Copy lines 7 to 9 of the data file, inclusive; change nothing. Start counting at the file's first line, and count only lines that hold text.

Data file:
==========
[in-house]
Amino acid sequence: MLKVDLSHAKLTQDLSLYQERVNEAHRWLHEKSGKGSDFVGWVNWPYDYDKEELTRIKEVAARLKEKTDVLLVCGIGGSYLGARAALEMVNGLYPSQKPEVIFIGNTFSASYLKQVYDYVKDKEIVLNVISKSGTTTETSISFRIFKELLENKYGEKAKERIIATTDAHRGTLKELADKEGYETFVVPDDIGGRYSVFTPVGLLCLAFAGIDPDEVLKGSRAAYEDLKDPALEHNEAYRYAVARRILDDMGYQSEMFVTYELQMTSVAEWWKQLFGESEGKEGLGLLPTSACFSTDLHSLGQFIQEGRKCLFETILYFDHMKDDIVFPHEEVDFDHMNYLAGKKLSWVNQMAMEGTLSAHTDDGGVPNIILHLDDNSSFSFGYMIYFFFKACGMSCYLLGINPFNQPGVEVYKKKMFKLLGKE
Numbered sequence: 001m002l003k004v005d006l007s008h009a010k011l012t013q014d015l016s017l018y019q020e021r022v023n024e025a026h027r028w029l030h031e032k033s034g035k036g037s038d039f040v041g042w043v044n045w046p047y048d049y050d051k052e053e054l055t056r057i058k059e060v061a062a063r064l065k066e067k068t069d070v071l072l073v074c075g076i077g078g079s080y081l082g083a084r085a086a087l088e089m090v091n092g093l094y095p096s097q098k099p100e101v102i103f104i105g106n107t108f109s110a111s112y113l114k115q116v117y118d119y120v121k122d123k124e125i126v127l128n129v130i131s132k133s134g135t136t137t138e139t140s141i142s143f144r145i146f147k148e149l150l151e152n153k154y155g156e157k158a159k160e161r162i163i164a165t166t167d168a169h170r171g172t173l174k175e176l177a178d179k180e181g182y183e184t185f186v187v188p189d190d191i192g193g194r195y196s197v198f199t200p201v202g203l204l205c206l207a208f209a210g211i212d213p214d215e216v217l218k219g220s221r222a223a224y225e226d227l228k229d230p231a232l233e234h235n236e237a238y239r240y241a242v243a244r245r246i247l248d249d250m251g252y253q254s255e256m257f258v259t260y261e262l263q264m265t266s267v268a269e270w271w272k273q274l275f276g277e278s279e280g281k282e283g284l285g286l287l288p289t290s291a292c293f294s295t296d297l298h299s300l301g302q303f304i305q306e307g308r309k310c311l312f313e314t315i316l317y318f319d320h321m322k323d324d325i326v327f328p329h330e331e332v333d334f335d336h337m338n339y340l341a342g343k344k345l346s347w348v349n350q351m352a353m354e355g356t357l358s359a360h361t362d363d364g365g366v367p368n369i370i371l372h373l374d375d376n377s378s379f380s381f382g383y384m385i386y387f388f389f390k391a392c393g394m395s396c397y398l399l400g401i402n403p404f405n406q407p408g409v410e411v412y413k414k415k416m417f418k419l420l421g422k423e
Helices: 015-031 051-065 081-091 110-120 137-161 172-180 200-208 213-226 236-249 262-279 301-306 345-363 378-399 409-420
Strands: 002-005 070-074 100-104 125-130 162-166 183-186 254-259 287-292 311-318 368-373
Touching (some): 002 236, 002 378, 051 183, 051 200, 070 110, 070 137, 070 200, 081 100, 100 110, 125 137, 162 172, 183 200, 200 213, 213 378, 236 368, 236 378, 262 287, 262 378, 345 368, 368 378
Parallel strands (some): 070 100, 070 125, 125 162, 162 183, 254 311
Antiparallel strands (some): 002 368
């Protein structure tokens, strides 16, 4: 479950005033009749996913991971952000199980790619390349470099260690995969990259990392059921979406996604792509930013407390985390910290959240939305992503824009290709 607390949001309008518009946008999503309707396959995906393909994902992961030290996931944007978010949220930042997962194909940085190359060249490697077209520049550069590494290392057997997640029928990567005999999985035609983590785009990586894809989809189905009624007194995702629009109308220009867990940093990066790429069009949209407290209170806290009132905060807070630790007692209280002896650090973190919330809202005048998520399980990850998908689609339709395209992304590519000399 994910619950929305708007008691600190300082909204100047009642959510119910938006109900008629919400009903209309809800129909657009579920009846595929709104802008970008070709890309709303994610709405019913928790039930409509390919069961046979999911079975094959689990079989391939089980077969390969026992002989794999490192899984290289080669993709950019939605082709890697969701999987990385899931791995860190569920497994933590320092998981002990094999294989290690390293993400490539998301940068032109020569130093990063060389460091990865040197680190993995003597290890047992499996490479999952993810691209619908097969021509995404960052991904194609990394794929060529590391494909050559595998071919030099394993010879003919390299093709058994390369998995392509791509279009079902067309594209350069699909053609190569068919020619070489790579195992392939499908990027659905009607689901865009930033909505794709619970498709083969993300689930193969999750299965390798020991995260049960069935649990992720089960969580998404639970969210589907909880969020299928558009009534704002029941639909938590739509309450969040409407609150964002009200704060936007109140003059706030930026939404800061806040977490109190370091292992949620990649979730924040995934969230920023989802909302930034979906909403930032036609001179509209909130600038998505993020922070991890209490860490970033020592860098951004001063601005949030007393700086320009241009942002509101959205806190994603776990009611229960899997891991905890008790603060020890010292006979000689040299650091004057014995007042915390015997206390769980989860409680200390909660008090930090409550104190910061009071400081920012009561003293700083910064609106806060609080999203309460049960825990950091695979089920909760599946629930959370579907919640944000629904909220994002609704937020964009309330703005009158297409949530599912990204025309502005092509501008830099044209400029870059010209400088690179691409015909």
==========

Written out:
Parallel strands (some): 070 100, 070 125, 125 162, 162 183, 254 311
Antiparallel strands (some): 002 368
């Protein structure tokens, strides 16, 4: 479950005033009749996913991971952000199980790619390349470099260690995969990259990392059921979406996604792509930013407390985390910290959240939305992503824009290709 607390949001309008518009946008999503309707396959995906393909994902992961030290996931944007978010949220930042997962194909940085190359060249490697077209520049550069590494290392057997997640029928990567005999999985035609983590785009990586894809989809189905009624007194995702629009109308220009867990940093990066790429069009949209407290209170806290009132905060807070630790007692209280002896650090973190919330809202005048998520399980990850998908689609339709395209992304590519000399 994910619950929305708007008691600190300082909204100047009642959510119910938006109900008629919400009903209309809800129909657009579920009846595929709104802008970008070709890309709303994610709405019913928790039930409509390919069961046979999911079975094959689990079989391939089980077969390969026992002989794999490192899984290289080669993709950019939605082709890697969701999987990385899931791995860190569920497994933590320092998981002990094999294989290690390293993400490539998301940068032109020569130093990063060389460091990865040197680190993995003597290890047992499996490479999952993810691209619908097969021509995404960052991904194609990394794929060529590391494909050559595998071919030099394993010879003919390299093709058994390369998995392509791509279009079902067309594209350069699909053609190569068919020619070489790579195992392939499908990027659905009607689901865009930033909505794709619970498709083969993300689930193969999750299965390798020991995260049960069935649990992720089960969580998404639970969210589907909880969020299928558009009534704002029941639909938590739509309450969040409407609150964002009200704060936007109140003059706030930026939404800061806040977490109190370091292992949620990649979730924040995934969230920023989802909302930034979906909403930032036609001179509209909130600038998505993020922070991890209490860490970033020592860098951004001063601005949030007393700086320009241009942002509101959205806190994603776990009611229960899997891991905890008790603060020890010292006979000689040299650091004057014995007042915390015997206390769980989860409680200390909660008090930090409550104190910061009071400081920012009561003293700083910064609106806060609080999203309460049960825990950091695979089920909760599946629930959370579907919640944000629904909220994002609704937020964009309330703005009158297409949530599912990204025309502005092509501008830099044209400029870059010209400088690179691409015909």